South-east of Naini Tal it is probable that the Krol-Mussoorie range dies out, as it did to the north-west, as a significant geographical feature. The rocks at Udaipur, which may be equivalent to those of the Krol series, are a highly attenuated series of slates and dark limestones, separated from the overlying Darjeeling gneiss of the Mahabharat Lekh by a thrust, and having no influence on the scenery. The important feature at Udaipur is the Mahabharat Lekh. In the Darjeeling area the rocks equivalent to the Krol series are the Gondwanas which crop out at Tindharia and which again have no influence on the scenery. It is possible that the Mahabharat Lekh is the continuation of the Nag Tibba range. Burrard, however, has drawn in Fig. 1, Chart xvi, a lesser Himalayan range striking due west from Dhaulagiri and continuing towards the Peninsula as far as the Siwaliks.3 If this be a true range, it would be impossible to correlate Nag Tibba with the Mahabharat Lekh, since these lie one on each side of and are separated by this lesser Himalayan range of Burrard. There are other difficulties as well. Nag Tibba lies at the south-west end of the great ridge which descends from Bandarpunch peak (map 53J/nw.) and cuts across Tehri Garhwal. It belongs therefore to the fourth unit enumerated above. On the other hand, the Mahabharat Lekh in 72N is distinct from the great ridge which runs NNE.-SSW. between the Arun and Tamur rivers (72M).

1 Rec. Geol. Surv. Ind., vol. lxvii, pt. 4 (1934).

2 The Lansdowne granite is almost certainly equivalent to the Dudatoli granite which lies to the north-east, and may occur as a klippe on the underlying rocks of the Krol-Mussoorie range.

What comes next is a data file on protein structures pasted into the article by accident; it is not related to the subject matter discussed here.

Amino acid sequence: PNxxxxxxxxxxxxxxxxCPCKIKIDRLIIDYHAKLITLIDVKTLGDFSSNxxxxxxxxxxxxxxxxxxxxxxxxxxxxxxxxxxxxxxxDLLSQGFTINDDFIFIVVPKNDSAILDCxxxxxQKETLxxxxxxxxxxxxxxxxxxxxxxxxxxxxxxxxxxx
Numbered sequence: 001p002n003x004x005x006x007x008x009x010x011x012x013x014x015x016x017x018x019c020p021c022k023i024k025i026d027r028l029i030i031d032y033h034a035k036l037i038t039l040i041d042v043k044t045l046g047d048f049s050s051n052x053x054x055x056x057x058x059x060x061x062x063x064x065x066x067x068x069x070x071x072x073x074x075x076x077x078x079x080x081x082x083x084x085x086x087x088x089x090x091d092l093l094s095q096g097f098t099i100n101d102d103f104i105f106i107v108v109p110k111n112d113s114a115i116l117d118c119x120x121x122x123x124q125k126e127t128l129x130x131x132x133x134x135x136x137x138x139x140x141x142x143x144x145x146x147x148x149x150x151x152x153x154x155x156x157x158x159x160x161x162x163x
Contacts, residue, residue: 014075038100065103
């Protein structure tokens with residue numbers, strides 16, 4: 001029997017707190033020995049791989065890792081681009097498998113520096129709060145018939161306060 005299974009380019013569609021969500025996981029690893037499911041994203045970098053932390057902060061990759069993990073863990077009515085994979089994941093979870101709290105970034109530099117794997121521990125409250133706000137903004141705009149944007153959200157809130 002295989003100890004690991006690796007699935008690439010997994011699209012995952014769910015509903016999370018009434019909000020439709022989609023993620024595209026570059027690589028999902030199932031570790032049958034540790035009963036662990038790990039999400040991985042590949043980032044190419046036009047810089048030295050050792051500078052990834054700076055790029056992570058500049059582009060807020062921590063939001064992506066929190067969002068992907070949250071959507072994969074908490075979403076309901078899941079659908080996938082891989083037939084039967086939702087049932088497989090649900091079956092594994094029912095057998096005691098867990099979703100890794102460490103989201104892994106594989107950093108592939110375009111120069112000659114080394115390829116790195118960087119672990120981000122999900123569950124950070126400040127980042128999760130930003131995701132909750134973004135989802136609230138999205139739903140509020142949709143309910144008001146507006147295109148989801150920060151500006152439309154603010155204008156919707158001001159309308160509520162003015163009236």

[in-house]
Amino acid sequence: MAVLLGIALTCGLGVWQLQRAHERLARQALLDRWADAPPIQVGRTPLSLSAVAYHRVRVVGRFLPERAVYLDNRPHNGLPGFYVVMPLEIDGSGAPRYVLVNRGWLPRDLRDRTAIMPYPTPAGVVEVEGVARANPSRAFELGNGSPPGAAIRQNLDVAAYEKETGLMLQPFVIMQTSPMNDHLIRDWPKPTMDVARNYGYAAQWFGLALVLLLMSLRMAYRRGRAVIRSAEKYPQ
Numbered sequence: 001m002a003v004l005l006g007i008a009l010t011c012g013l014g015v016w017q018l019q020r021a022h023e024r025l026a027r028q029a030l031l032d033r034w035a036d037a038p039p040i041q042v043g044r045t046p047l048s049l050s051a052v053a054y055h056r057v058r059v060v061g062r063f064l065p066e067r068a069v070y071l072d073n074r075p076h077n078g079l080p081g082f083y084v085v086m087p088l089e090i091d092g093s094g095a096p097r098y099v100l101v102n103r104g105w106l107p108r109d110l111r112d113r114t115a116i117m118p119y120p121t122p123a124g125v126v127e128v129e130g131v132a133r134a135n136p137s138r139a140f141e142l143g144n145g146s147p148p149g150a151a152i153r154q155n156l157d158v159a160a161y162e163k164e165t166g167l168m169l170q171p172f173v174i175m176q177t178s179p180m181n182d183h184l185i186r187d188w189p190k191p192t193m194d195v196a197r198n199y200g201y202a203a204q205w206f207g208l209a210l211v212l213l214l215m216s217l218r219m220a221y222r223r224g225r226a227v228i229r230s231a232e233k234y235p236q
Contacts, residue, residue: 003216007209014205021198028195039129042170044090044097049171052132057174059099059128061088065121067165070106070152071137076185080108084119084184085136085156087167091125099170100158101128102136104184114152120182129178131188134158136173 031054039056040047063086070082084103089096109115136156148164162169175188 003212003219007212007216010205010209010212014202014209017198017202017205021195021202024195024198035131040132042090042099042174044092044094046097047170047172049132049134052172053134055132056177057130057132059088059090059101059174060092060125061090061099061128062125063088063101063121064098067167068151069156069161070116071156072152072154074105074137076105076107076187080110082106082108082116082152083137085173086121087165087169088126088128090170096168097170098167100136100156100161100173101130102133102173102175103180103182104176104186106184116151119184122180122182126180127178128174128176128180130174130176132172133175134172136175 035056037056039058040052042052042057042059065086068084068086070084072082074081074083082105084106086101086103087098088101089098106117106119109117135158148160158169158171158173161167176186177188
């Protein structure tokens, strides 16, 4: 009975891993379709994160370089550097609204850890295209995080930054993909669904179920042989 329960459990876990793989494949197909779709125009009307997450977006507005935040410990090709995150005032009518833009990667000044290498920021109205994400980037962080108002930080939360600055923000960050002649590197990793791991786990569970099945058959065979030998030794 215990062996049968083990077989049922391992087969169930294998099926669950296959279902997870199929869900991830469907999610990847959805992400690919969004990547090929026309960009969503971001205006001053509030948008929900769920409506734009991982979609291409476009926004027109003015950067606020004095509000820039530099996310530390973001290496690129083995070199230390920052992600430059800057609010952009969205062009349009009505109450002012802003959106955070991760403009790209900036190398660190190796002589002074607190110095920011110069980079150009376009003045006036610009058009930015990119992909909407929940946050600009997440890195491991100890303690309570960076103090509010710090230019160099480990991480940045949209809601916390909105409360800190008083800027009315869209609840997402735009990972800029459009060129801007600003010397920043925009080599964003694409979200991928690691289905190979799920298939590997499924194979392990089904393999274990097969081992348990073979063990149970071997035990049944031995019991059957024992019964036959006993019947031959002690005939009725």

3 See, however, the Frontispiece Chart in which Burrard shows this western range from Dhaulagiri as joining the Pir Panjal. The structural continuity of this range (as may be seen from the recent surveys) is extremely hypothetical.-Ed.

The problem is too difficult to discuss in a short note. It raises questions as to the extent to which geological structure influences geographical features. It also necessitates an attempt to define the term 'range'.

In conclusion, I should like to thank His Highness the Maharaja and Prime Minister of Nepal for the facilities so liberally granted me in making these traverses.

LITERATURE

Hooker: Himalayan Journals, 2 vols., 1854.

Medlicott: Records Geol. Surv. Ind., vol. viii, 1875. Geological traverse in

region of Katmandu.

Landon: Nepal, 2 vols. London, 1928.

Burrard and Hayden: A Sketch of the Geography and Geology of the Himalaya Mountains and Tibet (2nd ed., 1934, revised by Burrard and Heron).

For a preliminary account of the Bihar-Nepal Earthquake of the 15th January 1934, with photographs and isoseismal maps, see Records Geol. Surv. Ind., vol. lxviii, pt. 2, 1934.

Private palace of Prime Minister at Patan

Private palace of Prime Minister at Patan



Durbar Square, Patan

Durbar Square, Patan



Theima Thola, Patan

Theima Thola, Patan



Tri-Chandra College, Katmandu

Tri-Chandra College, Katmandu



Nawakot village, 16 miles north-west of Katmandu, and little affected by earthquake

Nawakot village, 16 miles north-west of Katmandu, and little affected by earthquake



View north-west from Kakani Bungalow (270 49' : 85° 16') over Nawakot. Manaslu group on extreme left, 67 miles distant. Ganesh Himal on right, 40 miles distant

View north-west from Kakani Bungalow (270 49' : 85° 16') over Nawakot. Manaslu group on extreme left, 67 miles distant. Ganesh Himal on right, 40 miles distant



Landslips in Siwalik rocks due to earthquake. View from northern edge of Gangetic plain, terminating against Siwalik outcrop. Near MuKsar (26° 52' : 86° 23')

Landslips in Siwalik rocks due to earthquake. View from northern edge of Gangetic plain, terminating against Siwalik outcrop. Near MuKsar (26° 52' : 86° 23')



View northwards from hill 3-3 miles ENE. of Udaipur Garhi (72J) showing spur of Mahabharat Lekh. Gauri Sankar on left, 70 miles distant. Numbur, 22,817. ft., in centre, 53 miles due north. Everest on right, just appearing above the spur. 73 miles distant

View northwards from hill 3-3 miles ENE. of Udaipur Garhi (72J) showing spur of Mahabharat Lekh. Gauri Sankar on left, 70 miles distant. Numbur, 22,817. ft., in centre, 53 miles due north. Everest on right, just appearing above the spur. 73 miles distant